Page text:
Planning Your Next Move - Congrats! You just bought some crypto a couple of weeks ago and the price doubled. Now what? Do you take profits or let it ride? In a space as volatile as crypto it isn’t hard to experience some exponential growth if you’ve been around for a while. But to enjoy long-term success you need to know when to take some profits. Selling at opportune times is just as important as buying in the first place. No one can call the exact top. But by using Bitcoin metrics and diligently sticking to a plan you may be able to capitalize on this bull run. Below are some on-chain metrics and other indicators you can incorporate into a well-developed strategy.
- Short-term vs long-term holders - Since Bitcoin is a new asset with a short history, metrics that relate to it tend to reflect that. So it’s not surprising that the delineation between a short and long-term holder is only 155 days. And yet history has shown that if Bitcoin does not move out of a wallet for 155 days, the likelihood of it moving any time soon decreases drastically. In general long-term holders tend to outnumber short-term holders during the bull part of a market cycle. The rationale is that the holding constricts supply and creates upward price pressure due to demand from newer short-term holders. As the peak of the cycle approaches, long-term holders will begin to take profits and the shift to the market being dominated by short-term holders will take over. Then accumulation restarts as short-term holders wait to become profitable once more, become long-term holders, and the cycle repeats.
- BTC ratio - The Bitcoin ratio is a relative value comparison of a coin’s dollar value vs Bitcoin’s dollar value. There are a couple of benefits to looking at assets about Bitcoin. First, all cryptocurrencies will have begun trading after Bitcoin so you will get a good historical relationship that represents the altcoin’s entire trading history. Second, comparing an altcoin to Bitcoin will give you a better idea of the true performance of the coin. If Bitcoin is up 50% in US dollar terms and your coin is up 45%, then your token is in a sense underperforming and you should have just held Bitcoin. For a more in-depth understanding, let's look at the historical ETH/BTC ratio. The ratio for the most part has stayed in the .02-.1 ETH/BTC range for the history of Ethereum. It is currently at .054 ETH/BTC. Again nothing is scientific about this historical relationship but we think that ETH is a great buy below .05 ETH/BTC and a great sell at about .08 ETH/BTC. When trading this pair you don’t need cash, you can simply swap from one to the other when your desired level is hit.
- Google Trends - This may seem obvious but knowing who is googling what can help us determine the general level of demand and, to an extent, future price movement. If you look below you will see peak “Cryptocurrency” interest on Google preceded strong declines in the price of digital assets. The January 2018 peak was right when the fun from the 2017 bull run ended. In May 2021 the peak was followed shortly by China banning mining and a precipitous market decline followed in June. And in November 2021 the Bitcoin all-time high was reached, followed by a steep increase in interest rates that wrecked all risk assets. 2023 has been a strong bull bull year for crypto but we have yet to see the commensurate uptick in Google searches. Does that mean we have room to run? Time will tell.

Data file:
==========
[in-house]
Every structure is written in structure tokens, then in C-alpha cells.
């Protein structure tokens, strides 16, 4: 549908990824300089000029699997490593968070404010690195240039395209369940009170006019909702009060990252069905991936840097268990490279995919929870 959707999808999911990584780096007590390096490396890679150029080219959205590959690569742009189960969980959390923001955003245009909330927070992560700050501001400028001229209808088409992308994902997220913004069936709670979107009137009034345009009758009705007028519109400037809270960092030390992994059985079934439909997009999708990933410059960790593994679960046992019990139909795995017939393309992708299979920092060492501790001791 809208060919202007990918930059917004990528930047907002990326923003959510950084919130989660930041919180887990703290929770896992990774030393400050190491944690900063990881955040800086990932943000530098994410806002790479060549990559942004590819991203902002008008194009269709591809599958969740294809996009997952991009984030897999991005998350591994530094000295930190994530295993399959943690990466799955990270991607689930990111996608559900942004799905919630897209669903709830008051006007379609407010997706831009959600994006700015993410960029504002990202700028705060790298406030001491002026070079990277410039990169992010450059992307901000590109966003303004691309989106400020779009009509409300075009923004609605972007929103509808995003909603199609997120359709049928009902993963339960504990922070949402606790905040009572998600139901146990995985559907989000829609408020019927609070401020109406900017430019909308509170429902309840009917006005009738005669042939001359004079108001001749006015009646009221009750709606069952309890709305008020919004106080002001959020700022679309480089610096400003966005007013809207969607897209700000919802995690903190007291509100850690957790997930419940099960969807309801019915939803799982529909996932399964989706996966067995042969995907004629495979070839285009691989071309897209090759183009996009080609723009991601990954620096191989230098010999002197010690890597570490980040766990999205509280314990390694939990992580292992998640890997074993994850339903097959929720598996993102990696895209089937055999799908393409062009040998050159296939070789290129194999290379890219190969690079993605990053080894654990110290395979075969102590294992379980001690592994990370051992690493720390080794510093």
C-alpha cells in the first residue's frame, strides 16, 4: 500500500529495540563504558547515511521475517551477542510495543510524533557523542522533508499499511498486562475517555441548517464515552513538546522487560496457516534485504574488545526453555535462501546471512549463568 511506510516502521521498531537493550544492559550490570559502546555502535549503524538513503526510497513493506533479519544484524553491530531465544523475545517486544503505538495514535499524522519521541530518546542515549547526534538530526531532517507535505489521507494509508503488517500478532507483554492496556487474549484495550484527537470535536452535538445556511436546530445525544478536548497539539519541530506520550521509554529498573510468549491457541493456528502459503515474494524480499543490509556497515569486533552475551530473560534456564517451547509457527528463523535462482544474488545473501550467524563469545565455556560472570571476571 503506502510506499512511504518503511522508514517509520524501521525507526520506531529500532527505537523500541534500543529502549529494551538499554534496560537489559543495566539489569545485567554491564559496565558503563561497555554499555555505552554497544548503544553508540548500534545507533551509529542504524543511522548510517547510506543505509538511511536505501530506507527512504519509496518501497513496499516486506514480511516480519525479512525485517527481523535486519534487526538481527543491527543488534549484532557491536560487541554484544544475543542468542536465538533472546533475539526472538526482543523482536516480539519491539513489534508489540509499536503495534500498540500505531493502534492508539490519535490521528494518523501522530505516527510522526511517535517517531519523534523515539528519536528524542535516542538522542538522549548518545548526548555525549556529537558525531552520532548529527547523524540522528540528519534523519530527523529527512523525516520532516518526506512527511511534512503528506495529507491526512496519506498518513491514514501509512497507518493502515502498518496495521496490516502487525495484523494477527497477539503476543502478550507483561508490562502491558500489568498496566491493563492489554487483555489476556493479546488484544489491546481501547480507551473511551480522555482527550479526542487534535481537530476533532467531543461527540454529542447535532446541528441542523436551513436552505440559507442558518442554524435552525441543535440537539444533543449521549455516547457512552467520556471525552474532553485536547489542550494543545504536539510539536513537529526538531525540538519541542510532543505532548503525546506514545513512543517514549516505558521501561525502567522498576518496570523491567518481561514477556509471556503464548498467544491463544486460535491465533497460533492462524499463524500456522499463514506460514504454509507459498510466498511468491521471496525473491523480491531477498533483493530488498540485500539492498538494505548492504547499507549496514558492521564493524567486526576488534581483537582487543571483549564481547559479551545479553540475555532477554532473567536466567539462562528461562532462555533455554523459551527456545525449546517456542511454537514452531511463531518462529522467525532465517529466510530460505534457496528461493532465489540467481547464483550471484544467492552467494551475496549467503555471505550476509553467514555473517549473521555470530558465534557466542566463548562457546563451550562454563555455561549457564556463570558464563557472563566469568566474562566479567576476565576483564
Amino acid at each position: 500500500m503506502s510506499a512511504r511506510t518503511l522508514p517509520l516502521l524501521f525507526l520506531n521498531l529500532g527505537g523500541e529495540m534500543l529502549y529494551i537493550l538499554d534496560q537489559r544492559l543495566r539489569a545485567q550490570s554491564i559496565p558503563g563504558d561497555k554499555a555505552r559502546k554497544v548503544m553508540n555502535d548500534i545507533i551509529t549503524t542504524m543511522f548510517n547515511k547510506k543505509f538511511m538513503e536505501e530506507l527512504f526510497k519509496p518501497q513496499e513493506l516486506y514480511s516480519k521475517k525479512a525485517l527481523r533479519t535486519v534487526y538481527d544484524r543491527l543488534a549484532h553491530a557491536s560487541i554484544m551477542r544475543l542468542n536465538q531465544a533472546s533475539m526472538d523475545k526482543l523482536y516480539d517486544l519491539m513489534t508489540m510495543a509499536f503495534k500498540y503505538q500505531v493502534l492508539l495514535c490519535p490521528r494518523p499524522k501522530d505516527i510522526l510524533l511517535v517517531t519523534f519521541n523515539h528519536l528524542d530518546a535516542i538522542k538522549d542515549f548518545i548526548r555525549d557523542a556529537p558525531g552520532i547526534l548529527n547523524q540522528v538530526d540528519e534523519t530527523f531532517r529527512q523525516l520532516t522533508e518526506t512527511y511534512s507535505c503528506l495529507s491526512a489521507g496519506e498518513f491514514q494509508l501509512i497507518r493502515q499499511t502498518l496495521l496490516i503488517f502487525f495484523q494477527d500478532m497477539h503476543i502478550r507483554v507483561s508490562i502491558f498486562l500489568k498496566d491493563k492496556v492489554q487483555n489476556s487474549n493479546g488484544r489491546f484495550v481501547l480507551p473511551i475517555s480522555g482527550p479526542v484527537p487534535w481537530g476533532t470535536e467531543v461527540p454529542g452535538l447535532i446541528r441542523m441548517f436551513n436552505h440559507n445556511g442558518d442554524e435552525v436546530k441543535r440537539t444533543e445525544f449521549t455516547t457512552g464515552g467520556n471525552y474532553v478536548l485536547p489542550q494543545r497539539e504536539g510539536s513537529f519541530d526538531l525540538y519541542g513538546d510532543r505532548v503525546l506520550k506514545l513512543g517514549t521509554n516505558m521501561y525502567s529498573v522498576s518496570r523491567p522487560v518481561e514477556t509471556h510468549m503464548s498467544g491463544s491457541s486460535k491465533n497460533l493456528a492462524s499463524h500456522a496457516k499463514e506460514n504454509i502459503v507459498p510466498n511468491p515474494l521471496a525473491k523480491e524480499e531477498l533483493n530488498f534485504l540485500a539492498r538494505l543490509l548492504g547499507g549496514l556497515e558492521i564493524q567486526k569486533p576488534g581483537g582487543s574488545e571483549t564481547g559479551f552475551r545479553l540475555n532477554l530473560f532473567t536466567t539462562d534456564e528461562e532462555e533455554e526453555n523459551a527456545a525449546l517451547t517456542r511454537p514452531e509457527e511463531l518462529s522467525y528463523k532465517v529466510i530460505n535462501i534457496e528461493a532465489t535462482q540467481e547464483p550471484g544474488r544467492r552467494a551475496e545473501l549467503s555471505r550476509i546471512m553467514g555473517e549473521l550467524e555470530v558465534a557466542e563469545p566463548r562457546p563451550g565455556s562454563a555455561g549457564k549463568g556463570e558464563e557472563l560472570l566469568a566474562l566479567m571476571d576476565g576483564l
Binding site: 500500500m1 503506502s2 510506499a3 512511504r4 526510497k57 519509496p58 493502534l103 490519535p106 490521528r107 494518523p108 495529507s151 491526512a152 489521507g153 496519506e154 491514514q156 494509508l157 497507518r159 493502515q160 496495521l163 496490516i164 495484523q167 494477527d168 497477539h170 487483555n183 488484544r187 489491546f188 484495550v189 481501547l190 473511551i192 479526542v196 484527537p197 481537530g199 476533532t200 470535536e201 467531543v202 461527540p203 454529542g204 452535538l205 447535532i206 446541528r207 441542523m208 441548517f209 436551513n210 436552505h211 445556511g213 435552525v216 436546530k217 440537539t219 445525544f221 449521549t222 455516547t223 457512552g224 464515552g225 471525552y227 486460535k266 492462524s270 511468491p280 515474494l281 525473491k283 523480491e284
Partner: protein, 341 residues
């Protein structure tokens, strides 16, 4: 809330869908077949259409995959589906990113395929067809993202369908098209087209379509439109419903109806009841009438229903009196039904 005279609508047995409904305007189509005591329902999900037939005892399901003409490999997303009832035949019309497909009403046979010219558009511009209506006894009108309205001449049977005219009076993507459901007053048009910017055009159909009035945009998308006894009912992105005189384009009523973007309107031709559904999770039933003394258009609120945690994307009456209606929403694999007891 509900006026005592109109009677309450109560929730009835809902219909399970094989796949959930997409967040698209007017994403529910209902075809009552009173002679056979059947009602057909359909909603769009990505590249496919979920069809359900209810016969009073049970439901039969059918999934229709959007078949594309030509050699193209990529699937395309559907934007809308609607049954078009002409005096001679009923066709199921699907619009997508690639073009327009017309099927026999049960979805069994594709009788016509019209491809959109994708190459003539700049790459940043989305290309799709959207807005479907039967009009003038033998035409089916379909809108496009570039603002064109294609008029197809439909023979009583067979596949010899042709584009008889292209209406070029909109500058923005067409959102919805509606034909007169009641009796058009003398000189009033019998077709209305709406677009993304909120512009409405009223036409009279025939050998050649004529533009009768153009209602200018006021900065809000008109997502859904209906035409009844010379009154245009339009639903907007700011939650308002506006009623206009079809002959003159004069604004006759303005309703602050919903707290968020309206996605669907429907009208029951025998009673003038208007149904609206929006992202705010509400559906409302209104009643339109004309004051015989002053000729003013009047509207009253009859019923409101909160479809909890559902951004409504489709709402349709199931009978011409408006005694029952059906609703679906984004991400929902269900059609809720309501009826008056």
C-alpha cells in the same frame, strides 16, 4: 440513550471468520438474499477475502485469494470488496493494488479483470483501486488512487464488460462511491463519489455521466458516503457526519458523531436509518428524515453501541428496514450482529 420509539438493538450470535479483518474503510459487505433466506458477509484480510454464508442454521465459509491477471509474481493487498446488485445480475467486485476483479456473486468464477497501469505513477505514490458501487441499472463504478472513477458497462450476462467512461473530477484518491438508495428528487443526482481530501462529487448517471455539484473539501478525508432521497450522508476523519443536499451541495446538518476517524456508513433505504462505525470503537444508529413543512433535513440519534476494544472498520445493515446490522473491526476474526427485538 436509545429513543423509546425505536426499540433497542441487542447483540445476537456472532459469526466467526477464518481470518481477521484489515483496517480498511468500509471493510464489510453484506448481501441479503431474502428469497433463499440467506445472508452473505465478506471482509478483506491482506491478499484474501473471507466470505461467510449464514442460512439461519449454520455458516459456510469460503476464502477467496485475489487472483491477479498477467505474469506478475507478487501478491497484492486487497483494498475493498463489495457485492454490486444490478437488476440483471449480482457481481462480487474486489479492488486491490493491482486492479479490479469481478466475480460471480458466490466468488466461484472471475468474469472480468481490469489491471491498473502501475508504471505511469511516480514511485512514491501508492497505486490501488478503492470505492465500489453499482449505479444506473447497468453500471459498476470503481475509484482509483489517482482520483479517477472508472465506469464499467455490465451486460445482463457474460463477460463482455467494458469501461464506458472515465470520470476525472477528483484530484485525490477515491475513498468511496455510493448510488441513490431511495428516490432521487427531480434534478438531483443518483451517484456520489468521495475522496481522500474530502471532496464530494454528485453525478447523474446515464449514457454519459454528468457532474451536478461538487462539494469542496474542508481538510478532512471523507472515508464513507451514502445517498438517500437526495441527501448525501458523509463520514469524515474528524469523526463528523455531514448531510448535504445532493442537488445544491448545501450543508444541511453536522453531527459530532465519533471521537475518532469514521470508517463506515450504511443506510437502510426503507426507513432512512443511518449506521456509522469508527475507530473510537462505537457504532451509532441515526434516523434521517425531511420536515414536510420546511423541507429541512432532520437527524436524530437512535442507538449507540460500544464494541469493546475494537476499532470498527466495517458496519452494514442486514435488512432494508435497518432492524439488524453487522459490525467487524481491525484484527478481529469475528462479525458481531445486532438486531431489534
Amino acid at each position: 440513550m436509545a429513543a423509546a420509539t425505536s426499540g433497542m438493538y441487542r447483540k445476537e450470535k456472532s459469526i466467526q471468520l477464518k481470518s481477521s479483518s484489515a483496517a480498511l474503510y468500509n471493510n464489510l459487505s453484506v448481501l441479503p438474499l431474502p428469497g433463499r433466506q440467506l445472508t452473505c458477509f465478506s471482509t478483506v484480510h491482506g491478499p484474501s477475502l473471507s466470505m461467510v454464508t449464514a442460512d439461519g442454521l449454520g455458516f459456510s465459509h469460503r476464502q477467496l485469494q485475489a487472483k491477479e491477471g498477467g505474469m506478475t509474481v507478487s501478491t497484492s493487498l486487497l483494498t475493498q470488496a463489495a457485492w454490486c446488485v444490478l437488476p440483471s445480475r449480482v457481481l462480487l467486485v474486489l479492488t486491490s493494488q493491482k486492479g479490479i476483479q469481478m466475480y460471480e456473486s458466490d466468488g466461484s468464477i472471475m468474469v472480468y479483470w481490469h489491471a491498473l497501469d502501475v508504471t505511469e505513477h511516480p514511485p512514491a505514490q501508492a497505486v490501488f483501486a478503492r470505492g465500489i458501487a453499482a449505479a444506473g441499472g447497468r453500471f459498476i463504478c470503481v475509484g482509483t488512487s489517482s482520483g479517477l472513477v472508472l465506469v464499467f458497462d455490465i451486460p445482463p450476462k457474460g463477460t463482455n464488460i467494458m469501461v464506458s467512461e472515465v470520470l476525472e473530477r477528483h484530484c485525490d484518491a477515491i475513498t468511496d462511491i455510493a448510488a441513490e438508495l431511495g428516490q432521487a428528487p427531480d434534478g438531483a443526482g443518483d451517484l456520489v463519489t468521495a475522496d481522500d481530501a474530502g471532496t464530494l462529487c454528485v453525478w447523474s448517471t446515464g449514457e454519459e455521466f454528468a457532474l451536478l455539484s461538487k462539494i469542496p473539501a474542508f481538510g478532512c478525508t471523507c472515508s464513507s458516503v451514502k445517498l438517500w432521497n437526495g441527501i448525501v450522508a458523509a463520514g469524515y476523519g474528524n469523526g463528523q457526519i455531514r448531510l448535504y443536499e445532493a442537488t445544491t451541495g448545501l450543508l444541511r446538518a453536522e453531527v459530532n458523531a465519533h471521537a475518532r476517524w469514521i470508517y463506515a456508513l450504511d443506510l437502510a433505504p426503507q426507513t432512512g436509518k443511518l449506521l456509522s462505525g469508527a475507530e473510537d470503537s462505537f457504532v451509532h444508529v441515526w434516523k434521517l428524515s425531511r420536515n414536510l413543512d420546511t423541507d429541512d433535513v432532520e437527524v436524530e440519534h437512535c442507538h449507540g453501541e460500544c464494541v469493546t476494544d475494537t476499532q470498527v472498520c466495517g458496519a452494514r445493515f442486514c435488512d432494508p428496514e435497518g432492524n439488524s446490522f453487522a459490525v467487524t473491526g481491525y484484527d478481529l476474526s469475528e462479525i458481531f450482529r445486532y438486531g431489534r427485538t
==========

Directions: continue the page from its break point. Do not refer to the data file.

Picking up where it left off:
- Wallets in Profit - We’ve covered this one before. The metric is pretty straightforward. It compares the price when Bitcoin was transferred into a wallet to the current price of Bitcoin. If the current price exceeds the price when the BTC was transferred then that wallet address is in profit. During bull runs this metric can stay above 90% for an extended period. But once it gets above 99% a reversal is likely to happen in relatively short order. It makes sense that if almost all holders have profited there will be many who want to take profits. Right now we are around 80% so there is room for continued price appreciation given historical precedence.
- Pi cycle top chart. It seems like every cycle there is a model de jour that can predict the price of Bitcoin. Last cycle it was Plan B’s Stock to Flow (S2F) Model. While S2F has been invalidated for the past couple of years, it is still fun to look at these charts and imagine what the future holds. One chart to look at is the Pi Cycle Top Indicator. The idea is that after the 111-day MA (moving average or average of the price of an asset for that time period) crosses the 350-day MA x2 on an upward trend, a Bitcoin top is hit. It will be interesting to see if this relationship holds but we would be wary of a model that seems to overfit data points to inform some sort of relationship. The 350-day moving average is multiplied by 2 for a seemingly arbitrary reason and 111 days is also a convenient choice. If you divide 350/111 you get 3.15 which is close to Pi rounded to two decimals. Put this all together and you get a metric that is easy to track and has coincidentally called past market tops. It’s fun to follow but don’t put too much faith into its predictive power.
Remember that these are all just guides and that historical relationships don’t necessarily have to hold in the future. The most important thing is to develop a strategy and be disciplined in sticking with it. If you want to follow the Pi indicator, Google trends, wallets in profit, or any other metric, create an initial plan and stick to it as best you can. Your thesis can change, but if the changes are constant, especially with a volatile asset like crypto, you will most likely lose value over time and impair units of the tokens you hold.